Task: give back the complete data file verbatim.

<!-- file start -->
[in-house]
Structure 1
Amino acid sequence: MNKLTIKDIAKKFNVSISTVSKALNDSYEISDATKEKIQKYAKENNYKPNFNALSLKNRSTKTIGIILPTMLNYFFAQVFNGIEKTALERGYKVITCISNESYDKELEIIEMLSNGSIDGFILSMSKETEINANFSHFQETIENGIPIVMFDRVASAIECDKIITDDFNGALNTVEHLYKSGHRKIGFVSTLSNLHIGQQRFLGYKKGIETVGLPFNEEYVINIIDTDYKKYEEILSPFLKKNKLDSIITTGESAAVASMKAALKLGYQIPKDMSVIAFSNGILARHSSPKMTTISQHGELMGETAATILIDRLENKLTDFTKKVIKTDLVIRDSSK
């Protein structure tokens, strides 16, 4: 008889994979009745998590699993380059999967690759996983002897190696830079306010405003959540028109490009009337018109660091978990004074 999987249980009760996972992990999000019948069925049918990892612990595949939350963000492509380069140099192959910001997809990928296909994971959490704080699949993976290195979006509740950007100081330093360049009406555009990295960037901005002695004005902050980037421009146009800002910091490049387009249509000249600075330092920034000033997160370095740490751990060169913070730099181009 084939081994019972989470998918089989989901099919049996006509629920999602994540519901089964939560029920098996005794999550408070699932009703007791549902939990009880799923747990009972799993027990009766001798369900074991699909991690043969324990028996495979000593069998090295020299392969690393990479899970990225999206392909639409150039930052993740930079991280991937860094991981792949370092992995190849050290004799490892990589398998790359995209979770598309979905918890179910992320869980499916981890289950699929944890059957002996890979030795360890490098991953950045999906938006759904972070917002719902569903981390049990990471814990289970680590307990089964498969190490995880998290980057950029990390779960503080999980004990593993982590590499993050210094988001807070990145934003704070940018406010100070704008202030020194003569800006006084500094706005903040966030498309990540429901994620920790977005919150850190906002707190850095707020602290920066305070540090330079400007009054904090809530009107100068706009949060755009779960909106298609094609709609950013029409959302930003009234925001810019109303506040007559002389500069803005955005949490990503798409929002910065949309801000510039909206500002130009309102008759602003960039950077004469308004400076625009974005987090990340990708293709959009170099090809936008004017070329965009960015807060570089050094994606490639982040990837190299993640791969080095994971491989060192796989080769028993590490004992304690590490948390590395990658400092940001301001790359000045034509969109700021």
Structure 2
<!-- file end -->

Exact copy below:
[in-house]
Structure 1
Amino acid sequence: MNKLTIKDIAKKFNVSISTVSKALNDSYEISDATKEKIQKYAKENNYKPNFNALSLKNRSTKTIGIILPTMLNYFFAQVFNGIEKTALERGYKVITCISNESYDKELEIIEMLSNGSIDGFILSMSKETEINANFSHFQETIENGIPIVMFDRVASAIECDKIITDDFNGALNTVEHLYKSGHRKIGFVSTLSNLHIGQQRFLGYKKGIETVGLPFNEEYVINIIDTDYKKYEEILSPFLKKNKLDSIITTGESAAVASMKAALKLGYQIPKDMSVIAFSNGILARHSSPKMTTISQHGELMGETAATILIDRLENKLTDFTKKVIKTDLVIRDSSK
């Protein structure tokens, strides 16, 4: 008889994979009745998590699993380059999967690759996983002897190696830079306010405003959540028109490009009337018109660091978990004074 999987249980009760996972992990999000019948069925049918990892612990595949939350963000492509380069140099192959910001997809990928296909994971959490704080699949993976290195979006509740950007100081330093360049009406555009990295960037901005002695004005902050980037421009146009800002910091490049387009249509000249600075330092920034000033997160370095740490751990060169913070730099181009 084939081994019972989470998918089989989901099919049996006509629920999602994540519901089964939560029920098996005794999550408070699932009703007791549902939990009880799923747990009972799993027990009766001798369900074991699909991690043969324990028996495979000593069998090295020299392969690393990479899970990225999206392909639409150039930052993740930079991280991937860094991981792949370092992995190849050290004799490892990589398998790359995209979770598309979905918890179910992320869980499916981890289950699929944890059957002996890979030795360890490098991953950045999906938006759904972070917002719902569903981390049990990471814990289970680590307990089964498969190490995880998290980057950029990390779960503080999980004990593993982590590499993050210094988001807070990145934003704070940018406010100070704008202030020194003569800006006084500094706005903040966030498309990540429901994620920790977005919150850190906002707190850095707020602290920066305070540090330079400007009054904090809530009107100068706009949060755009779960909106298609094609709609950013029409959302930003009234925001810019109303506040007559002389500069803005955005949490990503798409929002910065949309801000510039909206500002130009309102008759602003960039950077004469308004400076625009974005987090990340990708293709959009170099090809936008004017070329965009960015807060570089050094994606490639982040990837190299993640791969080095994971491989060192796989080769028993590490004992304690590490948390590395990658400092940001301001790359000045034509969109700021």
Structure 2